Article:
Sunday, October 4, 2009

Digital Ink and $6 Newspapers

The Sunday New York Times now has a $6.00 price tag. What is the tangible and cerebral value of the physical newspaper that you don't get with the free digital ink version. Why do you spend $6.00 for something you can get for free?

Today's $6.00 NYT was bought at the local Starbucks. Unlike the electronic version, you can hold it in your hand, spread it out in front of you. What you get is its layout, its physical presentation, the placement of the stories and the ads, and even how the sections are set up in the bundle. The two most timely sections - news and sports - are on top, on the outside of the bundle. The book review, travel section, and magazine are buried in the middle because they were finished first and waited for the rest of the paper to be built around it.

The NY Times starts with international news as you go through the news section and then moves to the US, then to the Regional News and then the New York news. This is the exact opposite of how the Washington Post's physical news section is laid out. You don't get this flow when you look at the digital edition even though all the pieces are there. Is the value of the paper this flow?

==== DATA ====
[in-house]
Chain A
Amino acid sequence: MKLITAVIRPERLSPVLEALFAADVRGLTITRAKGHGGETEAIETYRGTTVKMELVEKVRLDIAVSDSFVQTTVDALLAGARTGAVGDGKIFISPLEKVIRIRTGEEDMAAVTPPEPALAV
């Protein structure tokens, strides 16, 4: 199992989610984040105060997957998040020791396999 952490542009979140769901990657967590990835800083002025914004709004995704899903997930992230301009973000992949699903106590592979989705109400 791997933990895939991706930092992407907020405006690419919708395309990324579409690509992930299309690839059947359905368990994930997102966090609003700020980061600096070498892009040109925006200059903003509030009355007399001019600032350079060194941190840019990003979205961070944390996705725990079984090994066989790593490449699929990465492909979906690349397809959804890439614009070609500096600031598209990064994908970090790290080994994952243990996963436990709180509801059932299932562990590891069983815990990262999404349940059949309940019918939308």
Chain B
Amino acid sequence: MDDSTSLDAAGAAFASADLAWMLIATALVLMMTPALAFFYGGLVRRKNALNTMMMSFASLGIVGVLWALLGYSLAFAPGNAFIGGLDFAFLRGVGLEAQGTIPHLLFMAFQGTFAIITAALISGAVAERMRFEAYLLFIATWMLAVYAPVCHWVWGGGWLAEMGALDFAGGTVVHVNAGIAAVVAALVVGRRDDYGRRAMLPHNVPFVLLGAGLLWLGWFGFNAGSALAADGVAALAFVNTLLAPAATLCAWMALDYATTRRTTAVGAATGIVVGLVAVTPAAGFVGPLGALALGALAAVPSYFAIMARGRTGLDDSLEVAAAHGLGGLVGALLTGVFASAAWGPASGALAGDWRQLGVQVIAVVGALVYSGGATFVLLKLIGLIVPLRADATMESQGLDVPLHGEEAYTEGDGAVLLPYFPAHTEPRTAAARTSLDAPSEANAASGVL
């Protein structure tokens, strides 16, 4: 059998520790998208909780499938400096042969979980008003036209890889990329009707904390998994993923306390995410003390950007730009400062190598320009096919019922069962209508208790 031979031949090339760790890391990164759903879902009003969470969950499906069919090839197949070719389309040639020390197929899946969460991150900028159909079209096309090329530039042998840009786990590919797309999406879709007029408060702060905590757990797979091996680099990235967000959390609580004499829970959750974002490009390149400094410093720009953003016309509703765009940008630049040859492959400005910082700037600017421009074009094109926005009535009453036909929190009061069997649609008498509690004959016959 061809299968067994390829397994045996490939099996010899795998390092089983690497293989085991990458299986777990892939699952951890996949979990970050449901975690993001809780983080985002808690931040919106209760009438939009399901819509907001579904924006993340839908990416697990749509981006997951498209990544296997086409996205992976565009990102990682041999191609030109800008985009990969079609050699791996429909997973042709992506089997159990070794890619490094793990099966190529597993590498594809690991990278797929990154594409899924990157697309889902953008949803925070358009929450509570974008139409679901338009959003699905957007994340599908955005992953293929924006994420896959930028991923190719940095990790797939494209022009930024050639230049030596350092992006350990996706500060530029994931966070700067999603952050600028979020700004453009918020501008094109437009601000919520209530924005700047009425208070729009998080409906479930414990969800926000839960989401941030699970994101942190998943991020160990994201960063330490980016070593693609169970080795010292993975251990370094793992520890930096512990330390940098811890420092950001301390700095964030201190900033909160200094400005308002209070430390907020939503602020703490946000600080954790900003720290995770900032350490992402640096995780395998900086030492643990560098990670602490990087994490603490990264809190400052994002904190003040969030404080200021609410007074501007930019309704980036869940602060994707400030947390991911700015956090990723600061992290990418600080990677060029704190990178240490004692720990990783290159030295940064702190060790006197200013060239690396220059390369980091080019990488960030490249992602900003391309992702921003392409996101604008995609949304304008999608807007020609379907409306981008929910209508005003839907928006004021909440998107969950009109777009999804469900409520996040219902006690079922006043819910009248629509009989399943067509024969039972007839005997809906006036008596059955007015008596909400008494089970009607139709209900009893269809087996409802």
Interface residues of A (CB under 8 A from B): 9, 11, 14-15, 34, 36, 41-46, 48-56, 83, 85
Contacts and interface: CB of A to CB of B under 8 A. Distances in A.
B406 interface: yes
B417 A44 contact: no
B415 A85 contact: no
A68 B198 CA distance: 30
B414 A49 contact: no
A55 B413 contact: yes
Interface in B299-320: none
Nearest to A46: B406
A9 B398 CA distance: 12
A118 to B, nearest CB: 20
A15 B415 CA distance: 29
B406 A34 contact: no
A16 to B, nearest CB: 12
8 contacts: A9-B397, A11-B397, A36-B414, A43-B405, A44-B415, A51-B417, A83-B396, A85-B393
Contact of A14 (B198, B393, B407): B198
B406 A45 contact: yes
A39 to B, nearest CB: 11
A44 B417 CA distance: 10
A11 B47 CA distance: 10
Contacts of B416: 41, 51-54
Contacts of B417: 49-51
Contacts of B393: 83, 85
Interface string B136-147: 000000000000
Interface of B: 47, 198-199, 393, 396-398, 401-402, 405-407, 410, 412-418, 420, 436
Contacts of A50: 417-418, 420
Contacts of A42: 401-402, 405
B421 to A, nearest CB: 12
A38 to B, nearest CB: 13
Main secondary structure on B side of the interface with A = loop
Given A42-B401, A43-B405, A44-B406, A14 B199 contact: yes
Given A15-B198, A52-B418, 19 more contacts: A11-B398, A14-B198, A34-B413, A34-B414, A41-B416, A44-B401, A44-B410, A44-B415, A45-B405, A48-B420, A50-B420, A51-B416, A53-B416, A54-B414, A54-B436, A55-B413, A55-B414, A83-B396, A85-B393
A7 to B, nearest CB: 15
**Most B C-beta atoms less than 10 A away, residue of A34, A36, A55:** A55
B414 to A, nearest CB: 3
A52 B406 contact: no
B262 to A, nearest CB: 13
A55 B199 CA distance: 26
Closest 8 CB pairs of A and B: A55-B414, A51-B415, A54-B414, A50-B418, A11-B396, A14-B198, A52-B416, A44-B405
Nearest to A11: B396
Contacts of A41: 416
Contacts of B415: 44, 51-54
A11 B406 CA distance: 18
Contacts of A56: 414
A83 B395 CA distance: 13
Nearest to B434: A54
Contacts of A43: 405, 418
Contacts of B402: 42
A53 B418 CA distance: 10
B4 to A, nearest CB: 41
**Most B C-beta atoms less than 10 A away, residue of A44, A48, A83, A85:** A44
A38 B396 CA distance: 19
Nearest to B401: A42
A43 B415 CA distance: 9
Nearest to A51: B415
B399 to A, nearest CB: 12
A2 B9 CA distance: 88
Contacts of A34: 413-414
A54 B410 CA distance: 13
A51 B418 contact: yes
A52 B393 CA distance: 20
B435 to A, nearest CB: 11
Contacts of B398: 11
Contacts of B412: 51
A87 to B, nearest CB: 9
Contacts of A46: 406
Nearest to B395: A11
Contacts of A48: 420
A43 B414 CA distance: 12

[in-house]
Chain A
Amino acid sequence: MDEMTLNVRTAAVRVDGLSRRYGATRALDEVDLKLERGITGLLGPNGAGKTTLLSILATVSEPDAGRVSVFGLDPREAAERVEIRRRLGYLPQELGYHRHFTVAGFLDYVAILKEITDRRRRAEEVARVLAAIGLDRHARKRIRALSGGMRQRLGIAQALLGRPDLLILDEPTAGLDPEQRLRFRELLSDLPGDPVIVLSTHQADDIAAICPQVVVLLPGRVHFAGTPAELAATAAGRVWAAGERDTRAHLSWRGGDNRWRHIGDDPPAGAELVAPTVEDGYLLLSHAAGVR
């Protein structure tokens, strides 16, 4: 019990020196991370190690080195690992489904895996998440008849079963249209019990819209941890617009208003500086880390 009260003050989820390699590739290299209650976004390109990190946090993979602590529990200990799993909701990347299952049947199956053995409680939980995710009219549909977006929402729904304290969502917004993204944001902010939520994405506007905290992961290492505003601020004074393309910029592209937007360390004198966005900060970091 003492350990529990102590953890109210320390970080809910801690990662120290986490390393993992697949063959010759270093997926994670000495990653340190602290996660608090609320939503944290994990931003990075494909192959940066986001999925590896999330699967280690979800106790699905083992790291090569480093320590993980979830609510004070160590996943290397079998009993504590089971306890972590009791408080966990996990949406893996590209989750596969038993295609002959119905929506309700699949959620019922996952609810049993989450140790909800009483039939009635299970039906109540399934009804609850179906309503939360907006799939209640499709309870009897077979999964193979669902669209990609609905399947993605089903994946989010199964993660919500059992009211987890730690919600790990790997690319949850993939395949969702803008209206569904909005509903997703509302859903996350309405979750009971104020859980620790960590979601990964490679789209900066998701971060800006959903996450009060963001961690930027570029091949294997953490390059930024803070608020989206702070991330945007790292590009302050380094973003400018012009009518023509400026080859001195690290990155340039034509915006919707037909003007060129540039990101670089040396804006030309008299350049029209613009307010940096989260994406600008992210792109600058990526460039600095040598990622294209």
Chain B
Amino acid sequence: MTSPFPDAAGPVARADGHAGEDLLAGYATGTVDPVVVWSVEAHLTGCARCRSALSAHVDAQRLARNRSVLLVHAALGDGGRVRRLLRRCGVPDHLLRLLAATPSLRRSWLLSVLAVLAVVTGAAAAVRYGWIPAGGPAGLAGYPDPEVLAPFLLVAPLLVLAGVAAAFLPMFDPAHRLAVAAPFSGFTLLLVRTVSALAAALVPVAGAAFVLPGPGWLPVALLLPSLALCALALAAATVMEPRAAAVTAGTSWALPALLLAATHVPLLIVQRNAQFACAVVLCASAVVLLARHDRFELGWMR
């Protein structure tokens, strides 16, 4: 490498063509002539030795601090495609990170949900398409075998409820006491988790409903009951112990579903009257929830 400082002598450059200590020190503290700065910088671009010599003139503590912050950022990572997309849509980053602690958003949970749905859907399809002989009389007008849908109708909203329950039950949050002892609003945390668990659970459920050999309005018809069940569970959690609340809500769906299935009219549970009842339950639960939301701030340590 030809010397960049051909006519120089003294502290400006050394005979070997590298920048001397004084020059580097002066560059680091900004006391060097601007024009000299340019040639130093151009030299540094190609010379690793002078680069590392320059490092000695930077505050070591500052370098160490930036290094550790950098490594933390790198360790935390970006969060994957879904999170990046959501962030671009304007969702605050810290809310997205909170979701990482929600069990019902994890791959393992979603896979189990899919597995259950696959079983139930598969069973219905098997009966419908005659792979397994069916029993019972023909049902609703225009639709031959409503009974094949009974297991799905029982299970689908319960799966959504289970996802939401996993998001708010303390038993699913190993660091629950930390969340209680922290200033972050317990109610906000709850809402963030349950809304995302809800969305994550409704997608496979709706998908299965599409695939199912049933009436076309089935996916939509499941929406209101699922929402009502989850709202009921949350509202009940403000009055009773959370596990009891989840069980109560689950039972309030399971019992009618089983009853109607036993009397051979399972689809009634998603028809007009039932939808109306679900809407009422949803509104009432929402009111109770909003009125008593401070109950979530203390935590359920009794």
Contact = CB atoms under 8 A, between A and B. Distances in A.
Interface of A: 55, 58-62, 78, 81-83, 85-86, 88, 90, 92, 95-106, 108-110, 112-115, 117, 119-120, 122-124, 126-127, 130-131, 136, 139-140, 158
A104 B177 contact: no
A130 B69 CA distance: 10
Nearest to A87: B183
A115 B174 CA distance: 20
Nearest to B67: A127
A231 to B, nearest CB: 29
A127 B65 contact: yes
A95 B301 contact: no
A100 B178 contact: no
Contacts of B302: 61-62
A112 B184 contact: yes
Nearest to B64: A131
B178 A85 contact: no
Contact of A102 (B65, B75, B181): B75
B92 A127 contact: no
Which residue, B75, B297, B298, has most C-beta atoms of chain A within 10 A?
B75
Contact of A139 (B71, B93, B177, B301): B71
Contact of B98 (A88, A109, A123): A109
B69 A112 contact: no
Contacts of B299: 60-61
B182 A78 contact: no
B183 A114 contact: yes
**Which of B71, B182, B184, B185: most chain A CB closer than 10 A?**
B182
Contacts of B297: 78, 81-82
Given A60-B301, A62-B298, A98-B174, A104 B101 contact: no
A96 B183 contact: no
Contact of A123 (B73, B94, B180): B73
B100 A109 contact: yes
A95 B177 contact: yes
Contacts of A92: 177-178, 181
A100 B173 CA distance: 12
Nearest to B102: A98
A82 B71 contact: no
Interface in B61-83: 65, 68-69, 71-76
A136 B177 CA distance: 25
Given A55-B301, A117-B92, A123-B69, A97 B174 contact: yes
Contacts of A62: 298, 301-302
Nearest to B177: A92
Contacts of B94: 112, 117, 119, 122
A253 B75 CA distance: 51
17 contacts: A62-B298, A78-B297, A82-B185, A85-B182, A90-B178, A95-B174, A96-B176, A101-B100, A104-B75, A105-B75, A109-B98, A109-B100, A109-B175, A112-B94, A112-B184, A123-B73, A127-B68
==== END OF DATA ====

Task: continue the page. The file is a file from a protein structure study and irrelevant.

You spread all the sections out, browse across the sections deciding on your reading strategy, what to read first, what to save for last and then begin the ritual. Browsing is easier, there is a more intuitive sense of flow than the digital version and you can actually read more than one section at once without having to have a big screen monitor and two browser windows open.

You hold the paper in front of you as you watch the people coming and going. No one reads People at the Starbucks. Books and newspapers. Unless they are staring at their laptop. Are people in coffee shops more intellectual or do they just look that way? When you leave you fold up your paper and carry it out of the store prominently displayed. It makes a statement about being intellectually engaged (or maybe economically stupid.) You can't do that with a Kindle.

But here we are. To write this post you need the digital version. You need the hyperlinks, permalinks and digital browsing. The current state of affairs for books, newspapers, music, inventions, copyrights, patents, and all other forms of intellectual property and their existence in the physical and digital worlds is being driven by the New York Times question: Why do you pay $6.00 for something you can get for free?

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